Cynthia Mosunmola Umoru takes pride in identifying herself as a farmer and is very passionate about farming
| By Maureen Chigbo | Dec. 2, 2012 @ 12:11 GMT
SHE does not look like the quintessential farmer, who resides in the rural areas. But farming is her occupation and she proudly introduces herself as a farmer. That alone singles out Cynthia Mosunmola Umoru in a society where many young men and women are crazy about white collar jobs and political appointments where the rewards are much and the rigours of earning a living less.
Umoru is the founder and chief implementation officer, Honeysuckles PTL Ventures, a company engaged principally in farming, food production, processing and distribution. She started the company soon after she passed out of the Lagos State University, LASU, where she studied Zoology. She had no doubts about her ambition but she had to overcome initial doubts from her relatives who later gave her all the support she needed to succeed in her farming venture.
She is an agribusiness entrepreneur who is extremely passionate about Food, Farming and the community. Her vision to pursue youth involvement in the agricultural sector in particular is borne out of a realisation that a sustainable economic growth and development rest on a solid and viable small and medium enterprises development. She is convinced that increased education of both youth and women, especially within local communities, can contribute immensely to help Nigeria attain national food security. Her company recently launched its first flagship retail outlet under the Farmshoppe in Ikeja, Lagos. The companies’ products include chicken (broilers), smoked chicken, eggs, snails, catfish (smoked and live) and vegetables.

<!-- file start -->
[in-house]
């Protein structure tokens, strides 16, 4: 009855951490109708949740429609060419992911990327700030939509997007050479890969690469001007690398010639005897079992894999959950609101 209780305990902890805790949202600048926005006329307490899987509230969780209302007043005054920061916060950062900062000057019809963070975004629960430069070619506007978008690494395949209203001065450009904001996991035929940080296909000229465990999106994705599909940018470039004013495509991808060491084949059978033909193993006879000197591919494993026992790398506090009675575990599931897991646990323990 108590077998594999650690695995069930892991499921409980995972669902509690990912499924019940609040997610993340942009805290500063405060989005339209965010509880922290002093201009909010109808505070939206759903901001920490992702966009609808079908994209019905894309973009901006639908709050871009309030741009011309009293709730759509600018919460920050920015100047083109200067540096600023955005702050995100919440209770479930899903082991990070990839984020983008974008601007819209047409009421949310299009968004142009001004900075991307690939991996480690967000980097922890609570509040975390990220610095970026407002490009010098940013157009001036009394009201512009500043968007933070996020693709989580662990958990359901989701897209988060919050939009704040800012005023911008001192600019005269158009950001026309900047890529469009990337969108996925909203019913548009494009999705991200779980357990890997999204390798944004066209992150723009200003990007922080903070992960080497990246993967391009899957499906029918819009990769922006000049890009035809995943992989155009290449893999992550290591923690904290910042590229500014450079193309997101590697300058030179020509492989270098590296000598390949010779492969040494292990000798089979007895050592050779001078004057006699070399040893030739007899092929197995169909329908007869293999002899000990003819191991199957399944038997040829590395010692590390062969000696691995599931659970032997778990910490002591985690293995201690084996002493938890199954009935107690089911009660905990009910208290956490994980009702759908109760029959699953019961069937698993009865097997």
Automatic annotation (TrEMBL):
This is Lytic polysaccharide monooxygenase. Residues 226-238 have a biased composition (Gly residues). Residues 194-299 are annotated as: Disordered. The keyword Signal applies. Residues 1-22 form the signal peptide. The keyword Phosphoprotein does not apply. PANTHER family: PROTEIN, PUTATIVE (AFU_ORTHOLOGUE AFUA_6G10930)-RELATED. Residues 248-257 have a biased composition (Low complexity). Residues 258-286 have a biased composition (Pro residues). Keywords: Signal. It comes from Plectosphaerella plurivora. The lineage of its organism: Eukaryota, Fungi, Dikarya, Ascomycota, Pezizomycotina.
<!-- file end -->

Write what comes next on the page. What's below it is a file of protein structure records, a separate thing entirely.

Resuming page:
Umoru’s road to success was not easy. She had to overcome a lot of challenges including stereotypes and myths about women owning land which she needed to expand her agribusiness. She narrated her experience recently at a National Gender Policy Dialogue inNigeriaorganised by the World Bank and Department for International Development, DFID inLagos.
According to her, she had to hide her identity before she could purchase the land because the men who control the land in Ogun State, where she has her farm, would not sell to her if they knew that a woman was making the purchase. There were other challenges like inability to get bank loans and poor infrastructure including good roads that would enable her to evacuate her farm produce. But she was lucky that Adejoke Orelope-Adefulire, deputy governor of Lagos State, who like all the audience in crowded hall, listened sympathetically, promised to intervene to ensure that the Ogun State government builds the road that leads to her farm and render any other assistance that can help her do her business successfully.
Umoru’s company recently acquired via an outright purchase agreement a 20-hectare defunct farm in Ogun State. The acquisition is an enormous leap from its existing 4-acre leasehold farm and will increase her production and employment opportunities for the youths.
An Alumnus of the Pan African University under the Enterprise Development Center, CEM, and Alum of the United States Department of State International Visitors Leadership Programme, Umoru is a young Nigerian ambassador and a youth advocate who serves as a youth consultant to the African Union Commission. She is also a Goldman Sachs 10,000 women Scholar.